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Quantitative stability of hematopoietic stem and progenitor cell clonal output in rhesus macaques receiving transplants

Samson J. Koelle, Diego A. Espinoza, Chuanfeng Wu, Jason Xu, Rong Lu, Brian Li, Robert E. Donahue and Cynthia E. Dunbar

Key Points

  • Output from individual rhesus macaque hematopoietic stem and progenitor cells is stable for years, with little evidence of clonal succession.

  • Individual clones may display stable myeloid or lymphoid bias for many years.

Publisher's Note: There is an Inside Blood Commentary on this article in this issue.

Abstract

Autologous transplantation of hematopoietic stem and progenitor cells lentivirally labeled with unique oligonucleotide barcodes flanked by sequencing primer targets enables quantitative assessment of the self-renewal and differentiation patterns of these cells in a myeloablative rhesus macaque model. Compared with other approaches to clonal tracking, this approach is highly quantitative and reproducible. We documented stable multipotent long-term hematopoietic clonal output of monocytes, granulocytes, B cells, and T cells from a polyclonal pool of hematopoietic stem and progenitor cells in 4 macaques observed for up to 49 months posttransplantation. A broad range of clonal behaviors characterized by contribution level and biases toward certain cell types were extremely stable over time. Correlations between granulocyte and monocyte clonalities were greatest, followed by correlations between these cell types and B cells. We also detected quantitative expansion of T cell–biased clones consistent with an adaptive immune response. In contrast to recent data from a nonquantitative murine model, there was little evidence for clonal succession after initial hematopoietic reconstitution. These findings have important implications for human hematopoiesis, given the similarities between macaque and human physiologies.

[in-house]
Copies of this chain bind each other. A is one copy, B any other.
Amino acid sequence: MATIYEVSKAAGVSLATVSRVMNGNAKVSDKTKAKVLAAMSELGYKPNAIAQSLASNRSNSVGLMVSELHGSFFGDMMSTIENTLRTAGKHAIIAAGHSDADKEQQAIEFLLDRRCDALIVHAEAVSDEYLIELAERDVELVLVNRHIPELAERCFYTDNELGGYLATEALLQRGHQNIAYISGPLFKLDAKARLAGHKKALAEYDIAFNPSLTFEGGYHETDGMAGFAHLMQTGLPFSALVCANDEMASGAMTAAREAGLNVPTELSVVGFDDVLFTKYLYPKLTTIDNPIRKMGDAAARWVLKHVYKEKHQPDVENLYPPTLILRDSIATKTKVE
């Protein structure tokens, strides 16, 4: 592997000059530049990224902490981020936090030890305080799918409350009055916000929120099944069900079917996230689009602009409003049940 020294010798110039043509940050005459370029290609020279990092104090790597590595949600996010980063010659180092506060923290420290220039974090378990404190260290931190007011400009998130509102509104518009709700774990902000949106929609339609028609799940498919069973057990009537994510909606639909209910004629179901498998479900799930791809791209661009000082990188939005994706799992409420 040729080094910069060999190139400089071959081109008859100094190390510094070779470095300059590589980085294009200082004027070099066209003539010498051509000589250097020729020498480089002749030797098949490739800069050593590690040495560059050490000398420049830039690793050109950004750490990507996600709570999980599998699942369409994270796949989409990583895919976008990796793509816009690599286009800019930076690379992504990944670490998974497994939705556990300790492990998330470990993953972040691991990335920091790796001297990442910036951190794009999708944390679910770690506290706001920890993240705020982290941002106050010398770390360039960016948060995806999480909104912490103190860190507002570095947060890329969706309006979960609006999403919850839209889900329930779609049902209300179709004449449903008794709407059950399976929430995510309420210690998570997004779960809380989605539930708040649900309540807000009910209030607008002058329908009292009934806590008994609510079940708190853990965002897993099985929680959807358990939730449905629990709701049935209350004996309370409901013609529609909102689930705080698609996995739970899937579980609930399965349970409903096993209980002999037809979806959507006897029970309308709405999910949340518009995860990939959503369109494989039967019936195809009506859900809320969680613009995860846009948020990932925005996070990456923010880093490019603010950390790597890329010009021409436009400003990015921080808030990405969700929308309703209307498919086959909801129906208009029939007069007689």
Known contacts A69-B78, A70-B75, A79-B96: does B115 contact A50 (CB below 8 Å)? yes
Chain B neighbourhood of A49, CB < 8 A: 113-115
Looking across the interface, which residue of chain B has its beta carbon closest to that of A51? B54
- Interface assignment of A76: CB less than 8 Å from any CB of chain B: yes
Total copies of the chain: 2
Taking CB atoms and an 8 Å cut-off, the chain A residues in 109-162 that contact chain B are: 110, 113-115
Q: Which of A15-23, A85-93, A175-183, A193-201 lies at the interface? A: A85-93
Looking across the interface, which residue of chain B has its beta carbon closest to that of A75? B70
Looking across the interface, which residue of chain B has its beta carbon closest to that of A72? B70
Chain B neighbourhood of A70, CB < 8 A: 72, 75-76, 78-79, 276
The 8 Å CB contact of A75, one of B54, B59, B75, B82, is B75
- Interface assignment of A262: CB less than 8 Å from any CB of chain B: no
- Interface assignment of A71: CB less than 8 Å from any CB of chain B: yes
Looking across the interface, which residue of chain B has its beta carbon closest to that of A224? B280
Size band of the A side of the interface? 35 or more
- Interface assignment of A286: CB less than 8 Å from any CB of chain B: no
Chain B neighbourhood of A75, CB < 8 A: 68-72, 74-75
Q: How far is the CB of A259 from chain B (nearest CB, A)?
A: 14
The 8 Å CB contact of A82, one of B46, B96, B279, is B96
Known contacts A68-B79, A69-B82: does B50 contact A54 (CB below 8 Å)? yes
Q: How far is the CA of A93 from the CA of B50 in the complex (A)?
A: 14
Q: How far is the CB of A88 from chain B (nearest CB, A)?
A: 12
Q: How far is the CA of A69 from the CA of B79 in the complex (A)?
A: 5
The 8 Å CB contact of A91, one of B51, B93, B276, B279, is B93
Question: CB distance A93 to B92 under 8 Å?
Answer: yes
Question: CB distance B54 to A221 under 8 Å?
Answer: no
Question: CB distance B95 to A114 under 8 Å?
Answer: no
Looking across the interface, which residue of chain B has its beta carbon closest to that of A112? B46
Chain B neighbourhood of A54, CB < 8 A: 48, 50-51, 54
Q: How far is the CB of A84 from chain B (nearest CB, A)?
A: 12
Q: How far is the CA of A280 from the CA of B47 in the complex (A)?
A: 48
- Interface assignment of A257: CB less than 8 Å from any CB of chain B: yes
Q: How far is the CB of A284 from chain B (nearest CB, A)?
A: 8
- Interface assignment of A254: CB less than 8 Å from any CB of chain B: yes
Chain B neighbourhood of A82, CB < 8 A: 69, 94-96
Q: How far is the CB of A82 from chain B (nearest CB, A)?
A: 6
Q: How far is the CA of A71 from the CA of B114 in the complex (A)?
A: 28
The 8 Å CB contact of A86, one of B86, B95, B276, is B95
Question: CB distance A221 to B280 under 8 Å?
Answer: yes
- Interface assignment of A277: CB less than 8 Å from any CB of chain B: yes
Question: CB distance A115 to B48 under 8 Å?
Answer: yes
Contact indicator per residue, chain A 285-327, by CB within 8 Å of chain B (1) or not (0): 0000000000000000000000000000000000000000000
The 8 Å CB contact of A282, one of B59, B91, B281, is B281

• Submitted July 22, 2016.
  • Accepted January 4, 2017.
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